It’s all very messy as the charges against the EFCC boss emanated from the Office of the Minister of Justice and the vice president is being roped in. It is also strange that another security agency, the Department of State Services (DSS) had written the Senate five years ago complaining that Mr. Magu was unfit for office, and all sane persons are wondering why his issues were left to “mature” for five years before investigations were commenced. The problem here is not just the lack of cohesion but the sheer incompetence of not addressing allegations that undermine the vision and credibility of the entire regime for so many years. Think about it: Allegations from the minister of Justice against the anti-corruption chief creating an avenue for reaching out to drag in the vice president.
These allegations are damaging because it is not clear how strong the evidence is, especially because of strong suspicions of factional struggle behind the affairs. The suspended acting chairman of the EFCC, Ibrahim Magu has written to Justice Ayo Salami (rtd.), chairman of the investigating committee, denying the allegations, including the one referring to the vice president, who has himself cried foul angrily, accusing some corrupt people of seeking to paint everybody with the same brush, and arguing that it is corruption fighting anti-corruption. The entire nation is in confusion, given the lack of clarity on whether the allegations are credible or part of dirty politics towards the 2023 elections, which appear far away but are apparently around the corner for the political class. The allegations against the vice president actually emanated from one Mr. Jackson Ude, a former director of strategy and communications under the President Goodluck Jonathan administration, who published the accusation that Mr. Magu had given him N4 billion, on the basis of directives, the very day the president left the country for the United Kingdom on medical treatment.
Other allegations circulating involve the NNPC and Nigeria Social Insurance Trust Fund (NSITF). The management of the NNDC declared yesterday that they are boycotting the Senate investigation into their corruption allegations, because the Committee chair and members were themselves corrupt blackmailers seeking to fleece the Commission. Yes, it’s all very messy.
On Saturday, the son of the minister of Justice married in Kano and the series of allegations turned to him. He was painted as one who was as poor as a church rat before becoming minister but is however one of Nigeria’s richest men today. I suspect that since he was already a Senior Advocate of Nigeria before being appointed into office, he could not have been as poor as a church rat, but what do I know? We were treated to video images allegedly proving massive dollar sprays at the wedding party, planes taking guests to multi-city mega-celebration events and pictures of a huge mansion he allegedly bought for his son. Since then, numerous pictures have emerged in the social media about vast properties that the minister of Justice is said to have acquired over the past five years.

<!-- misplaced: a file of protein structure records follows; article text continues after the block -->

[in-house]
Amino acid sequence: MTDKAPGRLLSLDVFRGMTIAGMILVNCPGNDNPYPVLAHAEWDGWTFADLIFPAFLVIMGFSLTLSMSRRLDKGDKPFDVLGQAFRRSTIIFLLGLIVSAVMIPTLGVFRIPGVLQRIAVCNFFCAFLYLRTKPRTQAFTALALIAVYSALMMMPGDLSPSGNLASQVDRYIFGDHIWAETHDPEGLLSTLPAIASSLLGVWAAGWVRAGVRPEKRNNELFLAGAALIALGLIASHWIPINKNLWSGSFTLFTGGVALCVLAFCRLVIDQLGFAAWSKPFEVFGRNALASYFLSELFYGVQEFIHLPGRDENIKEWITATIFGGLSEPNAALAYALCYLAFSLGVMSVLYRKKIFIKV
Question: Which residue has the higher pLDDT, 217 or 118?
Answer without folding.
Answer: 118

Even the governor of the Central Bank of Nigeria, Godwin Emefiele, is enmeshed in allegations of massive corruption estimated as running into billions of naira. Between 2015 and 2016, CBN’s Emefiele reportedly conspired with the Nigerian National Petroleum Corporation (NNPC) to illegally divert $24,263,008.56 meant to be shared to 37 sub-national units and 774 local councils. A group, Nigerian Young Professionals Forum (NYPF), United States of America/Caribbean chapter, has submitted a petition to the United States Congress, demanding an investigation and sanction of Emefiele, who is also accused of running a black-market forex cartel worth $800 million with Isa Funtua (owner of Bulet Construction Company) and other top members of President Muhammadu Buhari’s cabal since 2015.
Other allegations circulating involve the NNPC and Nigeria Social Insurance Trust Fund (NSITF). The management of the NNDC declared yesterday that they are boycotting the Senate investigation into their corruption allegations, because the Committee chair and members were themselves corrupt blackmailers seeking to fleece the Commission. Yes, it’s all very messy. Many things are going on – massive corruption on multiple fronts, corruption fighting back by roping in others who might be less corrupt or a bit cleaner. The anti-corruption agencies are being massively discredited. As the drama on massive corruption plays out, the regime is the loser and it has clearly lost its anti-corruption image. In addition, no one within the administration appears to have the standing to be able to intervene in a manner that would assure Nigerians on the legitimacy of state institutions and their capacity to sustain the rule of law. It looks bad. It is bad.